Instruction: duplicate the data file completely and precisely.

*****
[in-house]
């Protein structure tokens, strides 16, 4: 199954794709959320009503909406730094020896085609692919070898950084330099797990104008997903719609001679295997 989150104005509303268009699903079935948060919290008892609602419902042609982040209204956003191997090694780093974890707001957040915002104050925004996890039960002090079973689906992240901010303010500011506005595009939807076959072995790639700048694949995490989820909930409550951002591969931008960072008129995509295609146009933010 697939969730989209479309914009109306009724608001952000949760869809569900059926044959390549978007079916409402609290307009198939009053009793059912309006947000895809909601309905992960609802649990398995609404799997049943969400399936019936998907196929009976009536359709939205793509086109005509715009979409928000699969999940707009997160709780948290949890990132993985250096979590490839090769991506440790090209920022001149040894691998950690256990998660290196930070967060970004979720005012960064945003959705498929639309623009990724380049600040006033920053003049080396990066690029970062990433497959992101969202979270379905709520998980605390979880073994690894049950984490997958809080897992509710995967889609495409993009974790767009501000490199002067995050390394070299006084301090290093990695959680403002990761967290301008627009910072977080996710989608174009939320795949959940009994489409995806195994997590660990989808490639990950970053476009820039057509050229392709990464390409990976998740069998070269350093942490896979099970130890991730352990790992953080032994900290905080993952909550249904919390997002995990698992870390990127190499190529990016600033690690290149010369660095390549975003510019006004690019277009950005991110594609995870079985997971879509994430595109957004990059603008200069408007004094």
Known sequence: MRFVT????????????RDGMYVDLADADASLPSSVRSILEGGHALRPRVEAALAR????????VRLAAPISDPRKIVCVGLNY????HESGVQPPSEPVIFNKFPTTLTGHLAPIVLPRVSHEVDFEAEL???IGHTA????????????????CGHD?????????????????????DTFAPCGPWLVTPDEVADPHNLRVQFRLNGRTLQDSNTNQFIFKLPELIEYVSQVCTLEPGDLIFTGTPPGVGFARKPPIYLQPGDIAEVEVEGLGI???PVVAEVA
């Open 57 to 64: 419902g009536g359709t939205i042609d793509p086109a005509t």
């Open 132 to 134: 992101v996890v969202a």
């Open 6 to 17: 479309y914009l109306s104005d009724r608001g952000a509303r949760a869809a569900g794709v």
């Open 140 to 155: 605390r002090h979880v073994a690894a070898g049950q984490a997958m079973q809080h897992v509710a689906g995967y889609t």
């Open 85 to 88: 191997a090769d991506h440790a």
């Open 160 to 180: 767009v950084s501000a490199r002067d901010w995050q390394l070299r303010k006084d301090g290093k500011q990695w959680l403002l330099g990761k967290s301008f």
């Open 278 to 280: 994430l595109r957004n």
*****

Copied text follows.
[in-house]
């Protein structure tokens, strides 16, 4: 199954794709959320009503909406730094020896085609692919070898950084330099797990104008997903719609001679295997 989150104005509303268009699903079935948060919290008892609602419902042609982040209204956003191997090694780093974890707001957040915002104050925004996890039960002090079973689906992240901010303010500011506005595009939807076959072995790639700048694949995490989820909930409550951002591969931008960072008129995509295609146009933010 697939969730989209479309914009109306009724608001952000949760869809569900059926044959390549978007079916409402609290307009198939009053009793059912309006947000895809909601309905992960609802649990398995609404799997049943969400399936019936998907196929009976009536359709939205793509086109005509715009979409928000699969999940707009997160709780948290949890990132993985250096979590490839090769991506440790090209920022001149040894691998950690256990998660290196930070967060970004979720005012960064945003959705498929639309623009990724380049600040006033920053003049080396990066690029970062990433497959992101969202979270379905709520998980605390979880073994690894049950984490997958809080897992509710995967889609495409993009974790767009501000490199002067995050390394070299006084301090290093990695959680403002990761967290301008627009910072977080996710989608174009939320795949959940009994489409995806195994997590660990989808490639990950970053476009820039057509050229392709990464390409990976998740069998070269350093942490896979099970130890991730352990790992953080032994900290905080993952909550249904919390997002995990698992870390990127190499190529990016600033690690290149010369660095390549975003510019006004690019277009950005991110594609995870079985997971879509994430595109957004990059603008200069408007004094």
Known sequence: MRFVT????????????RDGMYVDLADADASLPSSVRSILEGGHALRPRVEAALAR????????VRLAAPISDPRKIVCVGLNY????HESGVQPPSEPVIFNKFPTTLTGHLAPIVLPRVSHEVDFEAEL???IGHTA????????????????CGHD?????????????????????DTFAPCGPWLVTPDEVADPHNLRVQFRLNGRTLQDSNTNQFIFKLPELIEYVSQVCTLEPGDLIFTGTPPGVGFARKPPIYLQPGDIAEVEVEGLGI???PVVAEVA
């Open 57 to 64: 419902g009536g359709t939205i042609d793509p086109a005509t």
């Open 132 to 134: 992101v996890v969202a």
């Open 6 to 17: 479309y914009l109306s104005d009724r608001g952000a509303r949760a869809a569900g794709v």
């Open 140 to 155: 605390r002090h979880v073994a690894a070898g049950q984490a997958m079973q809080h897992v509710a689906g995967y889609t």
């Open 85 to 88: 191997a090769d991506h440790a």
């Open 160 to 180: 767009v950084s501000a490199r002067d901010w995050q390394l070299r303010k006084d301090g290093k500011q990695w959680l403002l330099g990761k967290s301008f």
């Open 278 to 280: 994430l595109r957004n």